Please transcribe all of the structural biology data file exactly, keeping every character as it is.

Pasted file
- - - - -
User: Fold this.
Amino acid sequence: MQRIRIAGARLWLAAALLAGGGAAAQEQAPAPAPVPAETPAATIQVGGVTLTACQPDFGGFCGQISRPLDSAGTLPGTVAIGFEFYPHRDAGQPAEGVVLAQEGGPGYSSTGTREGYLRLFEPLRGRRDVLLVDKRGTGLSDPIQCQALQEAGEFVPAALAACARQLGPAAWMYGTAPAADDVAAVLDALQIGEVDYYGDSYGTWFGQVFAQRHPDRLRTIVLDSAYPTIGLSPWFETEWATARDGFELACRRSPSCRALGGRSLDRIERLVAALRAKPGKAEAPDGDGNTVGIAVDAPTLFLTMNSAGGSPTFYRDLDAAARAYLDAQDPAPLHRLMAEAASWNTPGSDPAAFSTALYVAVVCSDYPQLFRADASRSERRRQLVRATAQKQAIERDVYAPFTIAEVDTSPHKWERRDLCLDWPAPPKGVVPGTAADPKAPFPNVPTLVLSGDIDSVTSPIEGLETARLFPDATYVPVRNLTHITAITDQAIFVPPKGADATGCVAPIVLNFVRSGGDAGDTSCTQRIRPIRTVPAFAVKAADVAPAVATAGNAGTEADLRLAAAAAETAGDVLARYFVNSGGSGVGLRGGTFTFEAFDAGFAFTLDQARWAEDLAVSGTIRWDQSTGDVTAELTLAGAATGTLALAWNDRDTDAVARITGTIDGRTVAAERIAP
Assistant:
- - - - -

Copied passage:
User: Fold this.
Amino acid sequence: MQRIRIAGARLWLAAALLAGGGAAAQEQAPAPAPVPAETPAATIQVGGVTLTACQPDFGGFCGQISRPLDSAGTLPGTVAIGFEFYPHRDAGQPAEGVVLAQEGGPGYSSTGTREGYLRLFEPLRGRRDVLLVDKRGTGLSDPIQCQALQEAGEFVPAALAACARQLGPAAWMYGTAPAADDVAAVLDALQIGEVDYYGDSYGTWFGQVFAQRHPDRLRTIVLDSAYPTIGLSPWFETEWATARDGFELACRRSPSCRALGGRSLDRIERLVAALRAKPGKAEAPDGDGNTVGIAVDAPTLFLTMNSAGGSPTFYRDLDAAARAYLDAQDPAPLHRLMAEAASWNTPGSDPAAFSTALYVAVVCSDYPQLFRADASRSERRRQLVRATAQKQAIERDVYAPFTIAEVDTSPHKWERRDLCLDWPAPPKGVVPGTAADPKAPFPNVPTLVLSGDIDSVTSPIEGLETARLFPDATYVPVRNLTHITAITDQAIFVPPKGADATGCVAPIVLNFVRSGGDAGDTSCTQRIRPIRTVPAFAVKAADVAPAVATAGNAGTEADLRLAAAAAETAGDVLARYFVNSGGSGVGLRGGTFTFEAFDAGFAFTLDQARWAEDLAVSGTIRWDQSTGDVTAELTLAGAATGTLALAWNDRDTDAVARITGTIDGRTVAAERIAP
Assistant: